An OSHA investigation into the fatality revealed that Brave Harvestore Inc., a company that builds and services grain and silage silos, failed to develop and implement a permit-required confined space entry program and did not have procedures and practices for safe entry into confined spaces. OSHA also charged the company with failing to provide adequate training for workers and allowing them to enter confined spaces without appropriate equipment, including respirators, body harness and retrieval lines and testing equipment to evaluate the atmospheric safety inside the silo.
Brave Harvestore employs approximately 25 workers. A major part of their routine service includes replacing "breather bags" inside the silos. The bags prevent air from entering the silo and reacting with stored forage. The low oxygen atmosphere promotes fermentation and prevents spoilage of the feed. Consequently, the low oxygen atmosphere promotes formation of toxic gasses and an oxygen deficient atmosphere.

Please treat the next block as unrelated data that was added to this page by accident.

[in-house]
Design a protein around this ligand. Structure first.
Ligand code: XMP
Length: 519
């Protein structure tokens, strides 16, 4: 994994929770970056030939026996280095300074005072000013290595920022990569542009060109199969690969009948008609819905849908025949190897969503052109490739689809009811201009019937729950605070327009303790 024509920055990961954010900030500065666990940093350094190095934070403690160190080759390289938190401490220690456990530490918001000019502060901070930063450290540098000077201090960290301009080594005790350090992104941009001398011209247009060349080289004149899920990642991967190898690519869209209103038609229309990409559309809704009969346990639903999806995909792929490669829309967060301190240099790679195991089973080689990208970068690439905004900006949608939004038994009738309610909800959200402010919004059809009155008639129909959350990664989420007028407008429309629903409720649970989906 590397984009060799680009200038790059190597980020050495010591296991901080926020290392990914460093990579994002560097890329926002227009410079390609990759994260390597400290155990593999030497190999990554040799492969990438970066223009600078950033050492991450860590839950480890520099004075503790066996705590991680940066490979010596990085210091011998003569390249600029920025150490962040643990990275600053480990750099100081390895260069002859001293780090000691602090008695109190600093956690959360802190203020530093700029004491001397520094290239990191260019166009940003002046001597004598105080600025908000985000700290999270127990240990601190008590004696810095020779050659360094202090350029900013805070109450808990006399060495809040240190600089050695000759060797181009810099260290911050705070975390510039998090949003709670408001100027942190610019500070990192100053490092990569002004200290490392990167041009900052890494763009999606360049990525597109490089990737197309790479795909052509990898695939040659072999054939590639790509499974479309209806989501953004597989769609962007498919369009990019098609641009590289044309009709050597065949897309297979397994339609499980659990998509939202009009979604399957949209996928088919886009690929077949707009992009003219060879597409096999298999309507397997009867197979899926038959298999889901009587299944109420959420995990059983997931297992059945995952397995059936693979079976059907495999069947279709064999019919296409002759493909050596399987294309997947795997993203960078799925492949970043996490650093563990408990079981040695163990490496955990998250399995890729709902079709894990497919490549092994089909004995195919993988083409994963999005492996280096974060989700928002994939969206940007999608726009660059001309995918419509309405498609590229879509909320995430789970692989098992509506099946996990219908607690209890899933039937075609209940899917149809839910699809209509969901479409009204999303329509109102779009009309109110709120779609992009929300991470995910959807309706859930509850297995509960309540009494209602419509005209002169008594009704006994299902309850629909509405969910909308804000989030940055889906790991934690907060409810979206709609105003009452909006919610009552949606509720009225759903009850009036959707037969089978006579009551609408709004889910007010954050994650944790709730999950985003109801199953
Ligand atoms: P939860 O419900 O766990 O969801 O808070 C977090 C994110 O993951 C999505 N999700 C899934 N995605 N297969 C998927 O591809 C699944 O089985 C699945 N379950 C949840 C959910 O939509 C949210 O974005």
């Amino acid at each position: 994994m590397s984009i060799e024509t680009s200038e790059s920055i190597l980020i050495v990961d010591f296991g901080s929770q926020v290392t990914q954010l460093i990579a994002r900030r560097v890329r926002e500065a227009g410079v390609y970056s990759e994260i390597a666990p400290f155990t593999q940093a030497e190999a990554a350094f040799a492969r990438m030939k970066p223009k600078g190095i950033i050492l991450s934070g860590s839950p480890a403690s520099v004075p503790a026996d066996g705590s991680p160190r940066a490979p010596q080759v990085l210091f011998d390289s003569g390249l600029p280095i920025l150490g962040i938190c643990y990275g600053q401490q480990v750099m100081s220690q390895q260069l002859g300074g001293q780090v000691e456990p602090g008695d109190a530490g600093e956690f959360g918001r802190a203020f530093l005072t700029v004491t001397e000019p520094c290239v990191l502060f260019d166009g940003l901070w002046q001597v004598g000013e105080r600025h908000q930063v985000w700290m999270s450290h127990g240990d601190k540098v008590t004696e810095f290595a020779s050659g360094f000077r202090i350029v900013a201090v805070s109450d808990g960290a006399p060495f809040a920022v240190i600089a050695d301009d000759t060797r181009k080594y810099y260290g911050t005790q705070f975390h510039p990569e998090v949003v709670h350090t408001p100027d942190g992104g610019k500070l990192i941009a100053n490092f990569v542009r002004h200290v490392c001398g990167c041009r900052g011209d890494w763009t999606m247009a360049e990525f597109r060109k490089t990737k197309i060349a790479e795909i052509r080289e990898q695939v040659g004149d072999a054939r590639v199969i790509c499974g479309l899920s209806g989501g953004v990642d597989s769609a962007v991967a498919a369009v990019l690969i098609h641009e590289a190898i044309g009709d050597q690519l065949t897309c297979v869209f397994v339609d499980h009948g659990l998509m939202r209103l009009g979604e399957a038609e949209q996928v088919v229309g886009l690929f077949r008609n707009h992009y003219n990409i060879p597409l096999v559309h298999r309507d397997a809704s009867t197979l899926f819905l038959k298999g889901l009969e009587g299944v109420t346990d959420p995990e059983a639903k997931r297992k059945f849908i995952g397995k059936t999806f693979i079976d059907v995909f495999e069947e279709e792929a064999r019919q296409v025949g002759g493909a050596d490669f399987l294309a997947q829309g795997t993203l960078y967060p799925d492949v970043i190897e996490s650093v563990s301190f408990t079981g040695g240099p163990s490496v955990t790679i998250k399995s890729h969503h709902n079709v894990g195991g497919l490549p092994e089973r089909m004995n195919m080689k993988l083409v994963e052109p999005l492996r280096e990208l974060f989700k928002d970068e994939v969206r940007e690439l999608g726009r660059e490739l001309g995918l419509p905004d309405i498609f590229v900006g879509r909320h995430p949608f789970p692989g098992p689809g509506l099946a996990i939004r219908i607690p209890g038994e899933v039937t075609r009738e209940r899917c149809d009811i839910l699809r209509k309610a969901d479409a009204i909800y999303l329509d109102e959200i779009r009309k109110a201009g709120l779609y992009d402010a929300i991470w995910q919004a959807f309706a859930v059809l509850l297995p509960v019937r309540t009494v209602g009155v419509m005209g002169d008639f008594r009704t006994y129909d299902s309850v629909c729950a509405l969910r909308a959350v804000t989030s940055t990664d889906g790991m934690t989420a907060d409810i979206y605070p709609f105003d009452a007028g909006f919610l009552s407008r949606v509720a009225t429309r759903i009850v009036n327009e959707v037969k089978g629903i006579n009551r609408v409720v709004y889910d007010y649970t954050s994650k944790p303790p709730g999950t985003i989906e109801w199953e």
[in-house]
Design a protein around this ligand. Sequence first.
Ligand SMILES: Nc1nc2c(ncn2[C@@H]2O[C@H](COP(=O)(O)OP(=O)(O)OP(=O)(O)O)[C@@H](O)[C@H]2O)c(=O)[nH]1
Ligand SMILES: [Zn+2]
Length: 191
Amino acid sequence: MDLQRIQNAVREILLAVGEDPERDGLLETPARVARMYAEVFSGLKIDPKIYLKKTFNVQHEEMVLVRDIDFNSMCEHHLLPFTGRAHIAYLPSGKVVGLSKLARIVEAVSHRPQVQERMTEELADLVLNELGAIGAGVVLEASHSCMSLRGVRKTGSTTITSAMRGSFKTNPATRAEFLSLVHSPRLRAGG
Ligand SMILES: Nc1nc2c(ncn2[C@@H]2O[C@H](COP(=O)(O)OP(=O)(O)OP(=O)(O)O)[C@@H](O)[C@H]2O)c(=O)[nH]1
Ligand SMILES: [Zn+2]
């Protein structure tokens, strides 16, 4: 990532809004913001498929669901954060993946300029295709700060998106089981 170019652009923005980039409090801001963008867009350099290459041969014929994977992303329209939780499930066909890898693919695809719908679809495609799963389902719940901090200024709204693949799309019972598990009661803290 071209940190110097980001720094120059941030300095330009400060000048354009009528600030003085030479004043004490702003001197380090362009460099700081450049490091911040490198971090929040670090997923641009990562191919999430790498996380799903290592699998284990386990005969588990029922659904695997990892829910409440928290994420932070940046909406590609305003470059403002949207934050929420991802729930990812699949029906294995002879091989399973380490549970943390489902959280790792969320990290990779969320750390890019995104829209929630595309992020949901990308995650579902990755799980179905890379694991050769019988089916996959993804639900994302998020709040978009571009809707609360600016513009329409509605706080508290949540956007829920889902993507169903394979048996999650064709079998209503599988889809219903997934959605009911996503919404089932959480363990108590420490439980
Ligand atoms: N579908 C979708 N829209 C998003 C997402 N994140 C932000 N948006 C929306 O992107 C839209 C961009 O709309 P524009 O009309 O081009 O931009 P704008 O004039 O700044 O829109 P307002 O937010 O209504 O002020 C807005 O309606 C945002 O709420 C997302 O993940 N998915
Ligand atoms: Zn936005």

"Brave Harvestore was fully aware of this deadly hazard, but failed to take the appropriate measures to protect workers," said U.S. Secretary of Labor Elaine L. Chao. "OSHA's first commitment is to protect workers from such tragedies. We stand ready to assist employers of all sizes to make their workplace safe, but we will not hesitate to fully enforce standards when and where it is warranted!"
OSHA inspected brave Harvestore two previous times, the first in 1982 following a fatality and the second as the result of a formal complaint in 1990. Both inspections were related to silo construction rather than servicing.
The company has 15 working days from receipt of the citations to appeal before the independent Occupational Safety and Health Review Commission.